Thermal Emission Nebulae
There are many emission nebulae where vast clouds of hydrogen are ionised by hot O and B type stars forming within them. The intense UV radiation from the stars ionises the gas at temperatures of around 10,000°K and this causes the clouds to emit broad spectrum or 'continuum' radiation with thermal spectral characteristics as described in section 2.2.1. One of the best examples of a thermal emission nebula is the Orion nebula depicted in Figure 9.1.
Figure 9.1 The Orion Nebula (HST image)
The whole nebula is about 0.5° across (1) and the ionisation energy comes from the Trapezium cluster of bright stars containing two O stars and several B stars. There is also a large amount of obscuring gas and dust which is clear in the optical image. The professional radio image from the NARO / AUI telescopes in Figure 9.2 a & b was generated at a frequency of 8.4GHz (3.6cm). Figure 9.2a is centred on RA: 05:35:17.40, Dec: -5:23:28.00 and has a field of view of 0.66° square. It shows the hydrogen nebula without the obscuring dust as this is transparent at GHz frequencies.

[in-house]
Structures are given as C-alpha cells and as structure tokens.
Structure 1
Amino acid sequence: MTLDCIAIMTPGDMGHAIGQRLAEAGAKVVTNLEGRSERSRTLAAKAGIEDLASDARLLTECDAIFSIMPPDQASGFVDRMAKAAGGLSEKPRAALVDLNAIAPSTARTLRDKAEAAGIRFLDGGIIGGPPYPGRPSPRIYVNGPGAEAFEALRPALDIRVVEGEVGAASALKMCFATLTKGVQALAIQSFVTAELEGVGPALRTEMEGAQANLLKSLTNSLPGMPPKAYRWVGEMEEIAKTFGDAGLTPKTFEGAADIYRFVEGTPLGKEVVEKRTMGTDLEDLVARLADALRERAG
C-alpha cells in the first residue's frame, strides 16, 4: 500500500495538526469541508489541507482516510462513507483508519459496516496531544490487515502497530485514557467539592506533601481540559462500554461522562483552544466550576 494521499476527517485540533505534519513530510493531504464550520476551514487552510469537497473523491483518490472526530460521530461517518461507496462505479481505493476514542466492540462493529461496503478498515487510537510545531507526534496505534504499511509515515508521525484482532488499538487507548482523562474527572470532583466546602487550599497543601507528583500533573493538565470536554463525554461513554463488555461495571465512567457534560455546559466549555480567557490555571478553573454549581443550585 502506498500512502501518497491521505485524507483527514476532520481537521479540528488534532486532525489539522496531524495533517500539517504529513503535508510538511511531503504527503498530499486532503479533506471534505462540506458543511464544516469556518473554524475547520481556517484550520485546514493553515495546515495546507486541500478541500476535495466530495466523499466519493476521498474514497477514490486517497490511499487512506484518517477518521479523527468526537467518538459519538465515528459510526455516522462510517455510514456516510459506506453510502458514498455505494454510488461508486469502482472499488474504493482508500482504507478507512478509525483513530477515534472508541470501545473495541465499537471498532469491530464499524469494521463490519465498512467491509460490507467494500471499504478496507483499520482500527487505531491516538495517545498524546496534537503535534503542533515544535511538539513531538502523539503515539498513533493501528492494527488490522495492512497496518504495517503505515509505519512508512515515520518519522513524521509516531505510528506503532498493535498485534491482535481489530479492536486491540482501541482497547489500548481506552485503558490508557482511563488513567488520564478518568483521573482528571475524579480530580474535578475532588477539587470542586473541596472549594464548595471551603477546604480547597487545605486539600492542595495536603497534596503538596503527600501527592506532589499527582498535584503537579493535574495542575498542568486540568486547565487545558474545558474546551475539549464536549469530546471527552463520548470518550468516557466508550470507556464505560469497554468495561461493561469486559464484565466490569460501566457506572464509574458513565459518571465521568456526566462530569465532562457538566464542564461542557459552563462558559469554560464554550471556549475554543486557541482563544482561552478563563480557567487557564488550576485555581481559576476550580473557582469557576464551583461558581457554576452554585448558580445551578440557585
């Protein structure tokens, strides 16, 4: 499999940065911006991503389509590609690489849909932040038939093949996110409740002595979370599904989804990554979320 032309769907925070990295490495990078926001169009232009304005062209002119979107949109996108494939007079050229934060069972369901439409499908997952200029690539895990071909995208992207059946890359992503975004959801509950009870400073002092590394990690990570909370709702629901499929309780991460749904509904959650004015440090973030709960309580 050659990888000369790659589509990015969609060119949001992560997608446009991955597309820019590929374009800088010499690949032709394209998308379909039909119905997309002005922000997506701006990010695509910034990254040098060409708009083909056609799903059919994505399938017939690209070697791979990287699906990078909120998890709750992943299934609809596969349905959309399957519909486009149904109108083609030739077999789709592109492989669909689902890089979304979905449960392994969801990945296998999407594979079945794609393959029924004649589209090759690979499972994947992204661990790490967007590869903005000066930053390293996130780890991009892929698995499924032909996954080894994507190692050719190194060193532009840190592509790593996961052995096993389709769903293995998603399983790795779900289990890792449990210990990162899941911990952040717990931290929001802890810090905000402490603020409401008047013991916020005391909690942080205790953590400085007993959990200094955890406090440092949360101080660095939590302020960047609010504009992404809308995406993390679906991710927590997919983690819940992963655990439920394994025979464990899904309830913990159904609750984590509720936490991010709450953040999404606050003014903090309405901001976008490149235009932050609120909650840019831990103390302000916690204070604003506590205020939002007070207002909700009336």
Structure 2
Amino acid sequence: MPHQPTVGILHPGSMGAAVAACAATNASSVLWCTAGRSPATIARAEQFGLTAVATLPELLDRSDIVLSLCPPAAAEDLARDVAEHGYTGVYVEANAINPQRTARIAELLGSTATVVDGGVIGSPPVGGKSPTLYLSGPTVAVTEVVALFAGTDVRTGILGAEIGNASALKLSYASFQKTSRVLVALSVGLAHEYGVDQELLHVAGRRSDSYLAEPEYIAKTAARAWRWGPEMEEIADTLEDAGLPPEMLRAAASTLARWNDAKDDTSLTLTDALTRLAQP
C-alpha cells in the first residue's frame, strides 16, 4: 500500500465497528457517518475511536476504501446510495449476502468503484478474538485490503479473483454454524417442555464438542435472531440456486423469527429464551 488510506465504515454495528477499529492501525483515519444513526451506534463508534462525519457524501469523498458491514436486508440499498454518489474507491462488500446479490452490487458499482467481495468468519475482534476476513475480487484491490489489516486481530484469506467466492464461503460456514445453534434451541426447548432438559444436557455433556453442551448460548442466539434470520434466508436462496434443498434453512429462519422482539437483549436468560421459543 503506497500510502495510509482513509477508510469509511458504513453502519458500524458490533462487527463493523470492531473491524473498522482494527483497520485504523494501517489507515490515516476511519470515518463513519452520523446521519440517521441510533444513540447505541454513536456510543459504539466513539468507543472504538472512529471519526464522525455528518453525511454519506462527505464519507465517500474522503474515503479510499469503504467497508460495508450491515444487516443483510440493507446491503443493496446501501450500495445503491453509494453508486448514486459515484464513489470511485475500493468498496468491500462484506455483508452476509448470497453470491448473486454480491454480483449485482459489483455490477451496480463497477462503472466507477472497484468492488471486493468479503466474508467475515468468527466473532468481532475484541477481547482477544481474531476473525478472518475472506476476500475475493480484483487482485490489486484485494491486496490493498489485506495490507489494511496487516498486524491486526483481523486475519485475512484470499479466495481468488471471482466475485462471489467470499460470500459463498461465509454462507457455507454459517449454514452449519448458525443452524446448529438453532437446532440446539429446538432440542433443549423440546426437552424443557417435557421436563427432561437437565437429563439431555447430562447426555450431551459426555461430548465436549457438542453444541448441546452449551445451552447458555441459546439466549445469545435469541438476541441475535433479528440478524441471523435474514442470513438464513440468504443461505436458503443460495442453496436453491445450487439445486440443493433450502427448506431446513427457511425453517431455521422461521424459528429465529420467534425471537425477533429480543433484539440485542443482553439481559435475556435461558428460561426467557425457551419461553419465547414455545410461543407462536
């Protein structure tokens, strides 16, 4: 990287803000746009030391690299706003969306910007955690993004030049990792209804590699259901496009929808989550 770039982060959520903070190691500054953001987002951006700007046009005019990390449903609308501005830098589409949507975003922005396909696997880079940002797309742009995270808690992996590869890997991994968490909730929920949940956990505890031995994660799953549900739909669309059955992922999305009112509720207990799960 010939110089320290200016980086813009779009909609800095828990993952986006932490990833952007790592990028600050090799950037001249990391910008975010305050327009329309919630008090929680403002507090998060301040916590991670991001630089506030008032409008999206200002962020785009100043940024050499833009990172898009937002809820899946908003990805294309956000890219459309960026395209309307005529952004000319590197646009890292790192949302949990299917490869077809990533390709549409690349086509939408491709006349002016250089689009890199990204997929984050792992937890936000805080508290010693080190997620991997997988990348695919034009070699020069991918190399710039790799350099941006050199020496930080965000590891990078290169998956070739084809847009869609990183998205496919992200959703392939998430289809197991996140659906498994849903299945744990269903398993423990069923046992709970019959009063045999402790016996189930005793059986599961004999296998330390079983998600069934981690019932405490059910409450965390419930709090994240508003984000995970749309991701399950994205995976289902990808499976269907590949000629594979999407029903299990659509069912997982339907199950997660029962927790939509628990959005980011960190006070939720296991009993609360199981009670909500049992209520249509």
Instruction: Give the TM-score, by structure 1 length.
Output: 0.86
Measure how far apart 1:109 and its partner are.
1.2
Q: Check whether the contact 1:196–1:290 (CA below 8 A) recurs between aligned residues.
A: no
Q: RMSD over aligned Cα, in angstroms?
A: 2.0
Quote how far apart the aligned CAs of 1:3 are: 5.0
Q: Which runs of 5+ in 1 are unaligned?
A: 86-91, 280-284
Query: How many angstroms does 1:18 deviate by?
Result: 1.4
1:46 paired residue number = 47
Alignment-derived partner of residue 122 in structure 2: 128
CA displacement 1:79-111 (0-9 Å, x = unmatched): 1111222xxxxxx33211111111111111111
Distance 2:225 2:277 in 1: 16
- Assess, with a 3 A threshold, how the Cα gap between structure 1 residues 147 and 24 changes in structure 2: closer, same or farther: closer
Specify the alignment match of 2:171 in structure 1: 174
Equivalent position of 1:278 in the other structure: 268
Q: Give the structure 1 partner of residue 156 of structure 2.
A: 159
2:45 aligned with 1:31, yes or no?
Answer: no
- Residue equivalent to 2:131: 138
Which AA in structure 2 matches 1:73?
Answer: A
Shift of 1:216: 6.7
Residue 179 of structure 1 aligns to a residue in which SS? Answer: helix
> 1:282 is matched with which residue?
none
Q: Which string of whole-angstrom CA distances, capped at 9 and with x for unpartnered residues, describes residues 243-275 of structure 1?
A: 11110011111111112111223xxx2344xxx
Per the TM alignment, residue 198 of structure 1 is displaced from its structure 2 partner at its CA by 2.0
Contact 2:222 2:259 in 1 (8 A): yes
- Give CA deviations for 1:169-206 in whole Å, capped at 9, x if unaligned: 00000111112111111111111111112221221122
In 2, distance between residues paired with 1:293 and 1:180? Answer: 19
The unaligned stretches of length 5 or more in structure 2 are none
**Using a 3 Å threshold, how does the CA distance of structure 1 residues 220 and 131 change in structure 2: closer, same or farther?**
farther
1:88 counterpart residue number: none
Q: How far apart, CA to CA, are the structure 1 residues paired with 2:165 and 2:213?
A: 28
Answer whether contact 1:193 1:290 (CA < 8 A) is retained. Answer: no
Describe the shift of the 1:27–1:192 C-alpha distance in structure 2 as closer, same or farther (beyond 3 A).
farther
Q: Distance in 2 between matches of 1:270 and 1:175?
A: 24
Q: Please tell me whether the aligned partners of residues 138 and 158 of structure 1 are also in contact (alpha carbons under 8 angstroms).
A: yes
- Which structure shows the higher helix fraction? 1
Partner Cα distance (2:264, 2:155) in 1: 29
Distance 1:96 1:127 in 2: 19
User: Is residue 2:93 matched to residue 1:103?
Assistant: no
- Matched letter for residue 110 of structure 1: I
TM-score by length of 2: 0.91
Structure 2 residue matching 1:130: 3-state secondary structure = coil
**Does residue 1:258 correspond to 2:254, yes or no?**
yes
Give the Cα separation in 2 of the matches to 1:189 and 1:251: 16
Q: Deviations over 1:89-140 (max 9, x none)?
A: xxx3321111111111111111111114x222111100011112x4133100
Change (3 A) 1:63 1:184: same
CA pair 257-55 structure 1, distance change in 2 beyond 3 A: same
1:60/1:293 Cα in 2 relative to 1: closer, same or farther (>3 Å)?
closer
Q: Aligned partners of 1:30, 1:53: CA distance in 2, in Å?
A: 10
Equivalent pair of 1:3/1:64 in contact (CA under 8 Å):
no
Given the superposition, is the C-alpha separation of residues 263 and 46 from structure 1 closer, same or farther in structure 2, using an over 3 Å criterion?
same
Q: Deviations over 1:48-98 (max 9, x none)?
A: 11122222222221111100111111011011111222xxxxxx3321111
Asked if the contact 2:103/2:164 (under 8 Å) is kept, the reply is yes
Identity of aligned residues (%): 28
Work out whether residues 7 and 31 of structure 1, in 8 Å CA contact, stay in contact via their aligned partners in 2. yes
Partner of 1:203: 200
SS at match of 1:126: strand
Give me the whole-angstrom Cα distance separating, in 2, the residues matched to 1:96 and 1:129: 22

The thermal emission spectrum of the nebula is shown in Figure 9.3 where the measured values agree with a theoretical prediction based an electron temperature of 10,000°K. It is clear that the amateur radio astronomer would have the best chance of detecting the Orion nebula at wavelengths around 10cm or smaller. A C band satellite TV antenna and feed, such as that shown in Figure 5.1 could be used to make observations at around 4 GHz (7.5cm). The expected signal strength would be of the order of 500Jy.
Figure 9.3 Thermal spectrum of the Orion nebula
© Dr David Morgan 2011